It’s funny how life works out sometimes.
Five months ago, back home in Chicago, I was walking through the streets of Old Town looking for a summer job. I walked past one store, Old Town Oil, and was about to continue walking onwards when I did a double take, turned around and walked in the door. Because of that instinctive impulse and a serendipitous course of events, I found myself spending a lovely Thursday morning in a disability center in Ho Chi Minh City, playing Saigon monopoly with a mentally disabled woman telling me that she was happy because I was there to play with her.
While these two events may at the outset seem disconnected and unrelated (I know that Chicago and Ho Chi Minh are physically very separate), I want to demonstrate the fluidity that exists in our decisions, our instincts, and the flow of our lives.
Bear with me . . .
I arrived at the Disability Resource and Development Center (DRD) (www.drdvietnam.com) center on a beautiful Thursday morning. DRD is a center that provides services, social stimulation, and social work to physically and mentally disabled people. In Vietnam, disabled individuals are most often kept to the confines of their homes, stripped of stimulation, education and social interaction. Parents are both ashamed of their offspring while also fearful of exposing them to the rough and rugged real world, and thus constrain them to the home, leaving them little hope or opportunity for education, employment and a chance of living independently.
I walked into the open-air disability center this past Thursday to see people sitting at tables drinking coffee and chatting. The environment is open, calm, almost zen like with fresh greenery in the corners and lanterns floating from the ceiling. The center has created a café as a way to teach and train hearing impaired individuals the skills necessary to become servers; these servers then become advocates for other hearing impaired individuals by passing along their knowledge to them.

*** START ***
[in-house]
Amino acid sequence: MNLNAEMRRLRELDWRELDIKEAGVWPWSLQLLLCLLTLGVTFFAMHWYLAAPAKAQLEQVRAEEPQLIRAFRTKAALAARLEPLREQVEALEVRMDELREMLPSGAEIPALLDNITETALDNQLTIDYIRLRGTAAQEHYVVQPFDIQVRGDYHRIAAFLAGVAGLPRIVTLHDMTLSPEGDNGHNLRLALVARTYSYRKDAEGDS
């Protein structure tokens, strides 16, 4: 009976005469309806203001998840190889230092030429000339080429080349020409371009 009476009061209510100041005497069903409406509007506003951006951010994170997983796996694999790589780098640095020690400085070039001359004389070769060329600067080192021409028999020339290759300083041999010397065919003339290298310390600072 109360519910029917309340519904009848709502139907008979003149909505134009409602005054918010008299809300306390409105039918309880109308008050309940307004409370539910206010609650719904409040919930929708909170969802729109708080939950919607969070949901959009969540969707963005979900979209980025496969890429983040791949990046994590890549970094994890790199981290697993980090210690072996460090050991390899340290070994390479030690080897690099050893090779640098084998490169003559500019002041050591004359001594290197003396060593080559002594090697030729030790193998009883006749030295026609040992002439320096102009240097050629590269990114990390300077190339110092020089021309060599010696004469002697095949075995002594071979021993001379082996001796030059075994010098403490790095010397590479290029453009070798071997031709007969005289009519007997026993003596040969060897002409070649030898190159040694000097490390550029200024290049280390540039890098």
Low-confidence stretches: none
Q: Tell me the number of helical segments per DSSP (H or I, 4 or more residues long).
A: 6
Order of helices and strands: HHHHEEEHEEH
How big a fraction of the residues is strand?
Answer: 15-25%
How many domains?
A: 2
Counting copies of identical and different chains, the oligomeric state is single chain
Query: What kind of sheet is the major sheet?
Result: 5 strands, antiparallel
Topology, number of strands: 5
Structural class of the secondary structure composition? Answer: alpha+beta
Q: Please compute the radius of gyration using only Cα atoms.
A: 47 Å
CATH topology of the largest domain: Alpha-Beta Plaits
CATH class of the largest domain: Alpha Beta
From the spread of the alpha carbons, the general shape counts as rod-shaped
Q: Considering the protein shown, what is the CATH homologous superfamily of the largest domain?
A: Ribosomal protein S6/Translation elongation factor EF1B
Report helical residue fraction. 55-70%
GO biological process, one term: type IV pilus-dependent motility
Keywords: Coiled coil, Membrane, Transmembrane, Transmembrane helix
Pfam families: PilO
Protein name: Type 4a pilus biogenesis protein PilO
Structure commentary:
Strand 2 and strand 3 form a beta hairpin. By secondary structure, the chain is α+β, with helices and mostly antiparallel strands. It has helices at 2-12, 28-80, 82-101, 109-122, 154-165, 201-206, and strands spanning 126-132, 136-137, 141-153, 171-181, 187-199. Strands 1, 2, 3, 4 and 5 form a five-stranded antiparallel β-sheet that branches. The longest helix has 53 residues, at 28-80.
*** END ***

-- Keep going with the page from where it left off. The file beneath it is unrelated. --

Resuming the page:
At one table sat a chatty and content group of mentally disabled individuals ranging in age from teens to thirties, joyfully chatting and coloring amongst themselves. They meet Monday through Friday, to write, draw, learn martial arts, and learn to cook, among other life skills.
I sat down with them and started playing Saigon Monopoly with a woman named Thang.
She said, (she speaks some very good basic English) “ I play this game a lot at home but I am not happy then because I play alone. I am happy now.”
“Are you happy?” she then asked.
“Yes, I am very happy” I responded. And it was the truth.
The hour that I spent with Thang and the other students was without a doubt one of the highlights of my week; they melted my heart with their genuine smiles and jubilant laughs and infused into me a new compassion and light-heartedness. Knowing that my presence was enough to make someone say that they felt happy meant that my day was worthwhile. As I was driving home (I feel like a natural already!) I contemplated why the most simple actions create the greatest happiness. One game of monopoly and suddenly I was immune to the aggression of the motos driving past me. Their horns didn’t pierce me like they usually did. I floated home on a high of happiness.
So returning back to the curious choices we make in life . . . had I not followed my instinct and walked into Old Town Oil (http://www.oldtownoil.com/) that beautiful June day, I would not have met my co-worker (and all you other fabulous co-workers as well!) . . .( I also would not know the glory behind an 18 year aged bottle of basalmic vinegar!!) who would not have sent me to a language center to take Vietnamese lessons where my tutor would not have given me the contact info of her friend Loan who works as DRD and I would not have met these beautiful people and been introduced to this wonderful center.
So when that voice in the back of your head tries to tell you something, make sure you listen next time. It usually knows what it’s talking about . . . that little nudging voice is trying to put a little love and joy into your life . . .and maybe help you spread some around the globe as well.